KUT, Iraq -There's something conspicuously absent from the bustling streets of this small provincial capital in southern Iraq, which on a Saturday afternoon is filled with people out shopping, sipping tea in cafes, herding their sheep along sidewalks or simply strolling along the Tigris River.
Missing are the vast concrete barriers that had surrounded the police stations, the army barracks, government buildings and the town's only hotel. The local police chief ordered them torn down after last month's provincial elections, saying the threat from militias and insurgents is so negligible as to render them unnecessary.
It's one of the most visible signs of the strides toward stability in Iraq's overwhelmingly Shiite south, where a crackdown against militias last year has brought the region under government control. Also gone are the ubiquitous pictures of the Shiite cleric Muqtada al-Sadr that hung from every lamppost in the days when his militia ruled supreme.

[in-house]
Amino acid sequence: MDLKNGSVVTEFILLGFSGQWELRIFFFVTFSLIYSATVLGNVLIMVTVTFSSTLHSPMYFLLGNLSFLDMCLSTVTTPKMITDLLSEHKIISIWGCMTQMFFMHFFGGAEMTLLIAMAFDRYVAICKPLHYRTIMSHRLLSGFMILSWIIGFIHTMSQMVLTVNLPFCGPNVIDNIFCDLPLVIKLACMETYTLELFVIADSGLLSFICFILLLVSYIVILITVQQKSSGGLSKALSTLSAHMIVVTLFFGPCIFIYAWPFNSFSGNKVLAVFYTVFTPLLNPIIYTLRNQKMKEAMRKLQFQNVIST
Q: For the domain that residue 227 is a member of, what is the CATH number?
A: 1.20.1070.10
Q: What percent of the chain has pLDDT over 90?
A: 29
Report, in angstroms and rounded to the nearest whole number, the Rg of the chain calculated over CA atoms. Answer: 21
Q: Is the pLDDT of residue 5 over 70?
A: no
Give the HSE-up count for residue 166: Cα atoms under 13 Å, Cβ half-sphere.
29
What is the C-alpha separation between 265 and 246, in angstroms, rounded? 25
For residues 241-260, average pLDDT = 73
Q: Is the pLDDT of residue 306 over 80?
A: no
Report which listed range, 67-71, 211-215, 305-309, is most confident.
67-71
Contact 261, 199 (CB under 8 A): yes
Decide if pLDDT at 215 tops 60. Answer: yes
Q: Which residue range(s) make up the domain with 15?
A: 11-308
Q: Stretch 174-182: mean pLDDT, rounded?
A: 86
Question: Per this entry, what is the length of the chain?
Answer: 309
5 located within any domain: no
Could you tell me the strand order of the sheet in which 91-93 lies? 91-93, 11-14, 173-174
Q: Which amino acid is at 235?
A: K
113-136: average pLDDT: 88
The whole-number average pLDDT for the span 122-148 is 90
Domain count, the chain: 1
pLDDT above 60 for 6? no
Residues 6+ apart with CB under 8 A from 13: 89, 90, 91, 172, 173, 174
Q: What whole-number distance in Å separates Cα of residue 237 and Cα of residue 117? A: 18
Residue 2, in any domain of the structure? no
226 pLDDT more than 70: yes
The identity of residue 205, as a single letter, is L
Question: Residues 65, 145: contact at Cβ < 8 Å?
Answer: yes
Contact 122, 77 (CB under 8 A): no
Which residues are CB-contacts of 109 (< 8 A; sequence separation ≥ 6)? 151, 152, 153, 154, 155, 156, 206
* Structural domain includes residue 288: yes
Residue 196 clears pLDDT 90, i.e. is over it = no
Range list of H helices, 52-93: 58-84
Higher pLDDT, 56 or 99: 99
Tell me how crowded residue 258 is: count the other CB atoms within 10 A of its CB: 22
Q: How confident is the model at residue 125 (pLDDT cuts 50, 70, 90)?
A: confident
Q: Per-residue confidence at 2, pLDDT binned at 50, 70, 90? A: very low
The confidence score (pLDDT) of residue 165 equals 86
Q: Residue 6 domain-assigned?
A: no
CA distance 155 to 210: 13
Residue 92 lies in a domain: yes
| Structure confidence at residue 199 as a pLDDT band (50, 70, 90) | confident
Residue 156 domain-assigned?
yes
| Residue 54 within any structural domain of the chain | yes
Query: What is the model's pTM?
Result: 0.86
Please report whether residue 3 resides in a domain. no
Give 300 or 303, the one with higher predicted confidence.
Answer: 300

And although for more than a year the mantra from top U.S. generals in Iraq has been that security gains achieved so far are fragile and reversible, increasingly American commanders in the pacified south are saying that progress is neither and that it's time to start pulling U.S. troops out.
"We're not going to turn back the direction we're heading in," Maj. Gen. Michael Oates, who commands U.S. forces in southern Iraq, predicted as he toured Kut with the local police chief. "I see us headed for more security."
Though President Barack Obama has yet to announce his plans for bringing home most of the 142,000 U.S. troops in Iraq, reports from Washington say he favors an August 2010 deadline. That is three months later than he promised in his campaign but more than a year earlier than the end-of-2011 date agreed to by the Bush administration.
The Pentagon also said yesterday that some of the troops in the residual force of U.S. soldiers would still have a combat role, the Associated Press reported. Obama could lay out his pullout plan tomorrow, when he visits Camp Lejeune in North Carolina.